To start at the beginning of this blog series: you’ll know that I was invited to compete on”America’s Got Talent” last March in Seattle, I played James Brown “I Feel Good” on electric harp, was rejected with lightning speed, and received a comment from one of the judges that completely rocked my world, solving a huge personal conflict and leaving me feeling utterly liberated. But that personal revelation didn’t happen in a vacuum, and if not for one of the other contestants, it might not have happened at all:
The day before the taping, we — all the contestants — arrived from various cities to a single hotel in downtown Seattle. On the day of the show, we met in the hotel lobby and were shuttled in vans to the Paramount Theater, where they directed us to a curtained-off corner of the theater lobby. This was our ‘holding tank’ and it was filled with hotel function-room chairs jumbled into 20 or so different groups, each of which defined the territory of one act. Some were only two or three chairs, some were big groups, circled together like Conestoga wagons, some were half-circles or just clumps.
Getting anywhere in the room meant tripping over costumes, instrument cases, food containers and other performers. All the performers for our segment were there – and were all totally different: a little kid was sitting nervously with her father, a Punk-haired magician checked his flight case, a transvestite stood in half-drag next to a rack of clothing whispering loudly to two assistants, a dozen or so men in tuxedos lounged on the steps of the descending staircase, a pair of acrobats was practicing on the stairway landing, a young girl lounged on the floor with her computer, talking aloud to herself and then typing, as if she were taking dictation from herself.
Everyone was preoccupied, and anxious and bored.
I walked around meeting people for an hour or so, and then went out to the bathroom and when I came back I saw a woman fanning herself on a folding chair at the foot of the staircase. She had not been there before.
She was plump, looked to be about my age, seemed dazed, and was gazing around with an almost giddy smile. Most everyone in the room was in some kind of costume, but this woman wore a plain lime-green blouse, black pants and no makeup. She looked completely out-of-place and utterly inviting.
I thought, “Oh, there’s someone my age.” Like when I was a kid, and every summer we’d move to a different town (don’t ask why – I don’t really know) — but my job, while the movers carried boxes and furniture, was to go house-to-house, introduce myself and ask if there were other kids my age to play with. I guess I still do that, so I introduced myself, sat down next to her and we started talking.
She told me her name was Marylee Hause and her talent was writing songs for dead people. She said the first song she wrote for a dead person was in high school, when a girl committed suicide in the bathroom. Marylee found herself writing a song both about and almost in the voice of this girl, and the song helped her deal with the death.
After that, she said, life continued, she got married, became a real estate agent, continued to write songs, but secretly. Then, the night that Michael Jackson died she had a dream that he came to her and told her to follow her passion. (OK, I might be misremembering this part – I just looked at her website and that’s not exactly the story that’s there — but hopefully she’ll correct me if I’m wrong.)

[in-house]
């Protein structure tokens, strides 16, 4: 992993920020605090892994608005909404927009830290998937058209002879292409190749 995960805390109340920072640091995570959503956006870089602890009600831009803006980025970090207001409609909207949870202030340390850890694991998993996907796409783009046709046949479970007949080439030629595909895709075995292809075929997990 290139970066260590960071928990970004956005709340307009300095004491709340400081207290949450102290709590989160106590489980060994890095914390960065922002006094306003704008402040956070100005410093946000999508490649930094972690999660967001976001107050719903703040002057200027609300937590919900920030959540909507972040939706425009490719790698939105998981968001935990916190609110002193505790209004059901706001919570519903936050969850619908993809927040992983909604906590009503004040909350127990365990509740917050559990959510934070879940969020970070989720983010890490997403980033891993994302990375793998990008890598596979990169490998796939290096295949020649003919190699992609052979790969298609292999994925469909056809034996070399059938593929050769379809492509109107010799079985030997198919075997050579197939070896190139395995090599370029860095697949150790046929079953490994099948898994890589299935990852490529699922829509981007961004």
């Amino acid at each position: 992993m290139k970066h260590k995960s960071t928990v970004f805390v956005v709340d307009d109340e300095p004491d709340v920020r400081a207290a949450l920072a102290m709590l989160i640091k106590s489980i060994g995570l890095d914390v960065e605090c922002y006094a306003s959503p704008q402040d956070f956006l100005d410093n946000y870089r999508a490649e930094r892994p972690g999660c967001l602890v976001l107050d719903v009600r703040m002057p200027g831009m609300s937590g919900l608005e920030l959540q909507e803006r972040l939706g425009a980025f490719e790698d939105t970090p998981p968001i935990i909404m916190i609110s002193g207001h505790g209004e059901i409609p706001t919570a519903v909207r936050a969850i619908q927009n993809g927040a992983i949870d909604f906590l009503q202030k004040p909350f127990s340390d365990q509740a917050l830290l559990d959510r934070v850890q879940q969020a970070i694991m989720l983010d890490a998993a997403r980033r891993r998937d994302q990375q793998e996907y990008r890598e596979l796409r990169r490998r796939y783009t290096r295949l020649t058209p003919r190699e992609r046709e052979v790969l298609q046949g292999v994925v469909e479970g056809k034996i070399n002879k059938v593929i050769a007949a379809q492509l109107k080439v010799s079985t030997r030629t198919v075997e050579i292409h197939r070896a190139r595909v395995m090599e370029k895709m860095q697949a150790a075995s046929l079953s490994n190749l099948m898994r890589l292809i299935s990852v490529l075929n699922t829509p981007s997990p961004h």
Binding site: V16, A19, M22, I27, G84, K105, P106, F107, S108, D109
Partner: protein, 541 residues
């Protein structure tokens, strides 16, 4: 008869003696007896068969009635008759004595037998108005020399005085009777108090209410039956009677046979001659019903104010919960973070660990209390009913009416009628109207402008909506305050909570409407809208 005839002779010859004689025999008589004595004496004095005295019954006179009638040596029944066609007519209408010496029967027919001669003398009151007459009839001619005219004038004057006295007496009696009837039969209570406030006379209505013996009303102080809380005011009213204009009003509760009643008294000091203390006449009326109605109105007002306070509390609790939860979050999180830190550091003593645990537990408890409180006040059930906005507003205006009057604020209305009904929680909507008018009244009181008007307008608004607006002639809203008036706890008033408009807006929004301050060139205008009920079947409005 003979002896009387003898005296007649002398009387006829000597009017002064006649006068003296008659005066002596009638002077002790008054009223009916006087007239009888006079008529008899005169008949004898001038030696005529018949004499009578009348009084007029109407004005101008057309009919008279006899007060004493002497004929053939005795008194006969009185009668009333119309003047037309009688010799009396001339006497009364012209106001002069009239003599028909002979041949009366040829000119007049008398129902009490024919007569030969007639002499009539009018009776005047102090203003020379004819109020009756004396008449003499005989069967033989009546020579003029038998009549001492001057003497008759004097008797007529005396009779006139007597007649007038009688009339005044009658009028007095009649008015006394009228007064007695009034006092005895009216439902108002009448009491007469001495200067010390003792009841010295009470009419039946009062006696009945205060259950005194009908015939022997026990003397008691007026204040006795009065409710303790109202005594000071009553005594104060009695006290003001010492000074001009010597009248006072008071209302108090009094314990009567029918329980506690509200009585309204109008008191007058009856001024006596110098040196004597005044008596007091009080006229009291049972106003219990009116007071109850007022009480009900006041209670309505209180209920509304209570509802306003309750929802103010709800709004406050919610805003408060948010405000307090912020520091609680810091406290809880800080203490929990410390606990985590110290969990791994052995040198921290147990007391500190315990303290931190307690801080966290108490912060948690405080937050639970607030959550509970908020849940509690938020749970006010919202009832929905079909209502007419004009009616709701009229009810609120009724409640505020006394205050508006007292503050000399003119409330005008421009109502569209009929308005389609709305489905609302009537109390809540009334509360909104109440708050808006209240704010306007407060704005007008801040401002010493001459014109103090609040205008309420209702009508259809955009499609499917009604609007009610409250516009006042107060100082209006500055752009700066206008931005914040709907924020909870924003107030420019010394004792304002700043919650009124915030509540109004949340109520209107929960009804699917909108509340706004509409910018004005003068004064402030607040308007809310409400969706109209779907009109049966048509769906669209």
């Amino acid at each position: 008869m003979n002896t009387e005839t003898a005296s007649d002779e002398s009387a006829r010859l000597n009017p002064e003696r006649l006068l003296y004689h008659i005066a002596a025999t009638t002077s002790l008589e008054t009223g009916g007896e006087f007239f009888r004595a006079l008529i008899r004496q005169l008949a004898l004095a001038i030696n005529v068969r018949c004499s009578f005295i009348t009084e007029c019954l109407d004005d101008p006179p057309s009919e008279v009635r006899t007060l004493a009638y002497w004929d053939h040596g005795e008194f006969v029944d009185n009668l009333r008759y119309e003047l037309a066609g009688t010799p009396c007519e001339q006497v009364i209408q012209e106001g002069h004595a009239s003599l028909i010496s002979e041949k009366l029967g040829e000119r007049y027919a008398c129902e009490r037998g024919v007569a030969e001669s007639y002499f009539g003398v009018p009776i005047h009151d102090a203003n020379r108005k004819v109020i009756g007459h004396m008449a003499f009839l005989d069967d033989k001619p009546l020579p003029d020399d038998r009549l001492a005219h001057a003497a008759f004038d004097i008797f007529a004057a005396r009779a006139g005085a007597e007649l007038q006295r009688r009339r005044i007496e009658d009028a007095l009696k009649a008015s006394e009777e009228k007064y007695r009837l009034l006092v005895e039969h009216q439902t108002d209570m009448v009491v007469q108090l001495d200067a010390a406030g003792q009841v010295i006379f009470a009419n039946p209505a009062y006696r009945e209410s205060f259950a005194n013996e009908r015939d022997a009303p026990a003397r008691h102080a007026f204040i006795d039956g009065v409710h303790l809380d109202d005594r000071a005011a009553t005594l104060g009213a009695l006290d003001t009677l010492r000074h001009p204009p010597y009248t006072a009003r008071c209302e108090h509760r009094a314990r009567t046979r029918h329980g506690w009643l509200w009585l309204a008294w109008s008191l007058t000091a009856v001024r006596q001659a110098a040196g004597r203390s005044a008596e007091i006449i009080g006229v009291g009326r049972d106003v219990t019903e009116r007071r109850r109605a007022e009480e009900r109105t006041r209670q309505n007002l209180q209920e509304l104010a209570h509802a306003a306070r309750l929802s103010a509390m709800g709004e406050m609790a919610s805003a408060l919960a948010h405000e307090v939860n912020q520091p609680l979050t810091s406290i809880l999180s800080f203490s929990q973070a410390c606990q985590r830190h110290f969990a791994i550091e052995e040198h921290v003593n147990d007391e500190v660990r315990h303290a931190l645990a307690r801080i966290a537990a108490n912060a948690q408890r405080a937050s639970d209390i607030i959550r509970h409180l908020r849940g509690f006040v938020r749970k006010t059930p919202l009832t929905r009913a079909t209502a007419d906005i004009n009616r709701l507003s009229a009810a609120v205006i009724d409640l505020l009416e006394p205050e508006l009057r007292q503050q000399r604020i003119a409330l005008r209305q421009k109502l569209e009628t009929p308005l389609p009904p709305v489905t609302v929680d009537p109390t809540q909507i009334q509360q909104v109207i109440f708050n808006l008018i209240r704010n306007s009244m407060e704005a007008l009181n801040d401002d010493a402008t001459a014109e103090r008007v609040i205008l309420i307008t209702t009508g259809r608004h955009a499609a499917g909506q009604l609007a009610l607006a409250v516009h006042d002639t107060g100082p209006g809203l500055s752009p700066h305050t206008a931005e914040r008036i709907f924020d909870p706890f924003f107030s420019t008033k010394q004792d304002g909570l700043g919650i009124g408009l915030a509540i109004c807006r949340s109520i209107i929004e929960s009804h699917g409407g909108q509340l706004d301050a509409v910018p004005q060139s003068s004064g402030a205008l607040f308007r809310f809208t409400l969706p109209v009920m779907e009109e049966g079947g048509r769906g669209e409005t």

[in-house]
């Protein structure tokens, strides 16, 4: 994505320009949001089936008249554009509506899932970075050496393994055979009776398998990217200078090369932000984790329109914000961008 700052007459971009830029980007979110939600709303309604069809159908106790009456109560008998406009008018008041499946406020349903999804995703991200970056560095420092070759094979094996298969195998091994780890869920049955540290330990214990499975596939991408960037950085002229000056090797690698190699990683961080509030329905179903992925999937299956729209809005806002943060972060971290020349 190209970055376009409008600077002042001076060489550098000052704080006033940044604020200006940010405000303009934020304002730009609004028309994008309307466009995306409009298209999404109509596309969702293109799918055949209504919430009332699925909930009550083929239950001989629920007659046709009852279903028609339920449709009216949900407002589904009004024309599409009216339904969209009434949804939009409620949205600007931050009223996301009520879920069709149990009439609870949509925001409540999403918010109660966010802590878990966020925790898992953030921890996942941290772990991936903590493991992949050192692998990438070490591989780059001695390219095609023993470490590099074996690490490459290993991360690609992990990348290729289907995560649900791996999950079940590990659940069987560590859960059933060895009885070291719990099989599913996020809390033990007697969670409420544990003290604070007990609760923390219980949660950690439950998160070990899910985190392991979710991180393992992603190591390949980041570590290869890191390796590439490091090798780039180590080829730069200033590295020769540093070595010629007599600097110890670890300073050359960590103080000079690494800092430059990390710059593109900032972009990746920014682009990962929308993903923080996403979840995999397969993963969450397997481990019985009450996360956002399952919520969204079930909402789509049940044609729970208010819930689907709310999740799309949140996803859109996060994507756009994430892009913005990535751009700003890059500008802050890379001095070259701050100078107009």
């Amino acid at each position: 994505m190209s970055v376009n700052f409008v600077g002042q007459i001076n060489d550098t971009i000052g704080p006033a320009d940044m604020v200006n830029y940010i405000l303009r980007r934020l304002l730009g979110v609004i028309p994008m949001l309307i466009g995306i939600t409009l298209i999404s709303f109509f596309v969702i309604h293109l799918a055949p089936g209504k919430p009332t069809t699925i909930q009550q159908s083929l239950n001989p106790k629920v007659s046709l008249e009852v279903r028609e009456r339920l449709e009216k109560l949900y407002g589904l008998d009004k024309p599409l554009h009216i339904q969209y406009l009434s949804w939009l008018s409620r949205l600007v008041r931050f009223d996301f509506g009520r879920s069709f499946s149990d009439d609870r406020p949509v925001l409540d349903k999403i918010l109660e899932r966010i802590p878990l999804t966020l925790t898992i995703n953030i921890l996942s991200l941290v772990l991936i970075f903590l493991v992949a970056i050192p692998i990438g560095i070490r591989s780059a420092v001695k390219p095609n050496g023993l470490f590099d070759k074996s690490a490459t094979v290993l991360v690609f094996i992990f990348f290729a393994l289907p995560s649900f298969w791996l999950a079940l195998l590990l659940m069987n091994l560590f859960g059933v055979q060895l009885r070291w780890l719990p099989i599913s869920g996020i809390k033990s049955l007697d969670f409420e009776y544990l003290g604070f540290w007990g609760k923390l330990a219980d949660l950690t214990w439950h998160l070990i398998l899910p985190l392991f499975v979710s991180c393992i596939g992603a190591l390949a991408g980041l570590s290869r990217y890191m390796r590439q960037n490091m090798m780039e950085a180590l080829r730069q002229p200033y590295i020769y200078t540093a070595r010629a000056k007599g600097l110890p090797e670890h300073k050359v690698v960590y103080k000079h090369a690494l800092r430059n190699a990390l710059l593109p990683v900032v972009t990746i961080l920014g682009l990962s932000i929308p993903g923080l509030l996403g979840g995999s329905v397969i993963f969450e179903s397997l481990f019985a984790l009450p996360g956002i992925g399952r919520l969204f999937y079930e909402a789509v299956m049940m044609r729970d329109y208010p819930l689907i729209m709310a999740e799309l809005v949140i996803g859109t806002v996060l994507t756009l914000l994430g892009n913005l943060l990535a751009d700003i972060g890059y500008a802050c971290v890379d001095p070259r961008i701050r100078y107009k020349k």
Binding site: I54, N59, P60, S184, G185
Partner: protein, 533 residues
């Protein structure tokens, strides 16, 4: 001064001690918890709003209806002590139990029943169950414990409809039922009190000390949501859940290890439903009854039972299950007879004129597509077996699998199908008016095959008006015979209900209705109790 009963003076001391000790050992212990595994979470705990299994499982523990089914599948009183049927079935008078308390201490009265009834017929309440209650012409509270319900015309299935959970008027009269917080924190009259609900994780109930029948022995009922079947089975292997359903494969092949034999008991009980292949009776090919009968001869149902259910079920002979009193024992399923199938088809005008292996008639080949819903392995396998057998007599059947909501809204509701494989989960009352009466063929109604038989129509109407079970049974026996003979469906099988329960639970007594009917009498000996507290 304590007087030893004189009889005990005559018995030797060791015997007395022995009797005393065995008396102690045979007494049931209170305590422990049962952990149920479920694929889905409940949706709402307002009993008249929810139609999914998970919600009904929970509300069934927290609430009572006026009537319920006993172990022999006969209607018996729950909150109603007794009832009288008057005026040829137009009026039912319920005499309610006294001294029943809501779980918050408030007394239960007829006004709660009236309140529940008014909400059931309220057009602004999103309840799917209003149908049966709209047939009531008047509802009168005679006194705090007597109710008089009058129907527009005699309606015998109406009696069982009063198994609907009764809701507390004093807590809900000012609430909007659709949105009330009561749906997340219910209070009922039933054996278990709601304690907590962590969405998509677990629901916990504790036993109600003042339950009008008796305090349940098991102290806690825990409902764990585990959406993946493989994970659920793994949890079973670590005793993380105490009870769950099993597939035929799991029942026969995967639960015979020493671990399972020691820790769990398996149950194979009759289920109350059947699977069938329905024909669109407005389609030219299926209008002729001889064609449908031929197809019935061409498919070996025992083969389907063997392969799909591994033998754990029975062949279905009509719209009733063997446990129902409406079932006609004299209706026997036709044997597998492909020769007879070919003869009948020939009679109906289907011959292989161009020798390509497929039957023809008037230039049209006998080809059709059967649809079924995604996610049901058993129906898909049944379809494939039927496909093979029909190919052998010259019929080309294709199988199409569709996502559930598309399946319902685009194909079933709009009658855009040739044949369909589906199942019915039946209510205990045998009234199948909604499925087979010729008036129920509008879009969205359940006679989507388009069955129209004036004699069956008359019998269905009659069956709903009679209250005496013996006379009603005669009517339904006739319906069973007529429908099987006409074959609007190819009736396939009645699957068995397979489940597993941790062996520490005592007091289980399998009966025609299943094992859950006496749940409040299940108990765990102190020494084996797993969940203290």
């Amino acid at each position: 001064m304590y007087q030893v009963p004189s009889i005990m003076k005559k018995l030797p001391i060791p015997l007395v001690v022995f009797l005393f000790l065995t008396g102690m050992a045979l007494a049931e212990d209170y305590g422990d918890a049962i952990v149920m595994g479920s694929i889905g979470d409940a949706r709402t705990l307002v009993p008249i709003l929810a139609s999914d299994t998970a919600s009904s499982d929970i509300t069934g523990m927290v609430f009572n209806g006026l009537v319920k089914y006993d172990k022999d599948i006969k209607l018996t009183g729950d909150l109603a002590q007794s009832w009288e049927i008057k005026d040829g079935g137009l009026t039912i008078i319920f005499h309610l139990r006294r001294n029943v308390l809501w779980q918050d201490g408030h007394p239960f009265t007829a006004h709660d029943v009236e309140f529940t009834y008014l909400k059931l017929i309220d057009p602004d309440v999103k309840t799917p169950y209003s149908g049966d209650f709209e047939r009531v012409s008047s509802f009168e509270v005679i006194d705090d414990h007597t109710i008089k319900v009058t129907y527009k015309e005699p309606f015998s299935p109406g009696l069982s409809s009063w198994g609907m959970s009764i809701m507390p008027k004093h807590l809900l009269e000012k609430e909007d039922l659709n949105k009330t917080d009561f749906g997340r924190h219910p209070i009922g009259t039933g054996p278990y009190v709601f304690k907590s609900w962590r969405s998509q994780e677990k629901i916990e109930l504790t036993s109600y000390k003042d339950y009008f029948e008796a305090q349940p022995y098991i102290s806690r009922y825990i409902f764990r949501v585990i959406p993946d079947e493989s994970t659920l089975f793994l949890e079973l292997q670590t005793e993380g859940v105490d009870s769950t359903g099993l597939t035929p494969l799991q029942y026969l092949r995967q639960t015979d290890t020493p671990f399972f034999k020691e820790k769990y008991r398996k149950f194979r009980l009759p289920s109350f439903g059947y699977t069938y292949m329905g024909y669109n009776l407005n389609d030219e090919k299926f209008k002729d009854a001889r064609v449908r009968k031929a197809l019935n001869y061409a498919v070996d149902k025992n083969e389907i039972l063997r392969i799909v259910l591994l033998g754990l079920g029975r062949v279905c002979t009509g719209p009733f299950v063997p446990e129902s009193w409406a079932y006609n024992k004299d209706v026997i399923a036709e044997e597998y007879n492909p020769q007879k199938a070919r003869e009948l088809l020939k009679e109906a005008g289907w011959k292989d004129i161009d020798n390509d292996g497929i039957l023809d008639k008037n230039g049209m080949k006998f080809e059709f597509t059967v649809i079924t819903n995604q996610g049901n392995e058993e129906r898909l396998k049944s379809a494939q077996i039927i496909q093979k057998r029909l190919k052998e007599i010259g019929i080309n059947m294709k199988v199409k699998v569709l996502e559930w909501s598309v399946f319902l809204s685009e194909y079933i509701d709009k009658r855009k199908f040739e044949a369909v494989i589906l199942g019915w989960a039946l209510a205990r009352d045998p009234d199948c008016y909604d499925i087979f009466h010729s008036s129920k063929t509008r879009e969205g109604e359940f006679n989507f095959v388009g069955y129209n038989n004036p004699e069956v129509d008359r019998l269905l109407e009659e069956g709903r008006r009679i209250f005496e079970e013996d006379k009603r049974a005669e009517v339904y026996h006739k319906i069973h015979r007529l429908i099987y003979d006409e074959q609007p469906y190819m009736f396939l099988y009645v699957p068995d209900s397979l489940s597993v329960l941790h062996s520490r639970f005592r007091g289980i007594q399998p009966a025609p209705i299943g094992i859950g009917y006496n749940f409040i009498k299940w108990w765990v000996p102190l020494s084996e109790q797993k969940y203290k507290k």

That night, the night of the Michael Jackson dream, she realized she had a gift, and she had to dedicate her life to it. So she started a business writing songs for dead people – songs to give a voice to people who no longer have one – and to give the people left behind a sense of comfort and connection.
She sang me one of the songs she’d written and I – honestly – gasped. This person she was singing about – and I mean just singing acapella in the middle of this crowded room — this person came alive for me in the time it took for Marylee to sing the song. I suddenly remembered a girl who had committed suicide in my own school — and the song gave me a sense of that she had been a real person, instead of just a ‘suicide.’ I thought, “This woman could be writing musical theater!” Her talent seemed effortless, sincere and surprisingly effective.
But what blew me away was that Marylee Hause really cares about “America’s Got Talent.” She told me she watches it regularly, and when she talked about the show, she talked about the judges like she knew them – like they were her friends.
When she heard I wasn’t going to perform my own original material, she was very upset. It just didn’t make sense to her. Why would a person who has their own voice, compete in a voice that really isn’t them??
Good question. But if you’ve read the previous blogs, you’ll know why …
So for the AGT audition, Marylee had composed a song as if judge Piers Morgan was dead. “How brilliant is that!” I thought.
I asked what she was going to wear and she said these clothes were all she had, and she didn’t normally wear makeup. So I offered to put some makeup on her, “Not to change you,” I said, “Just to make it easier to see where your features are.” (This is my personal makeup theory, nothing specific to Marylee).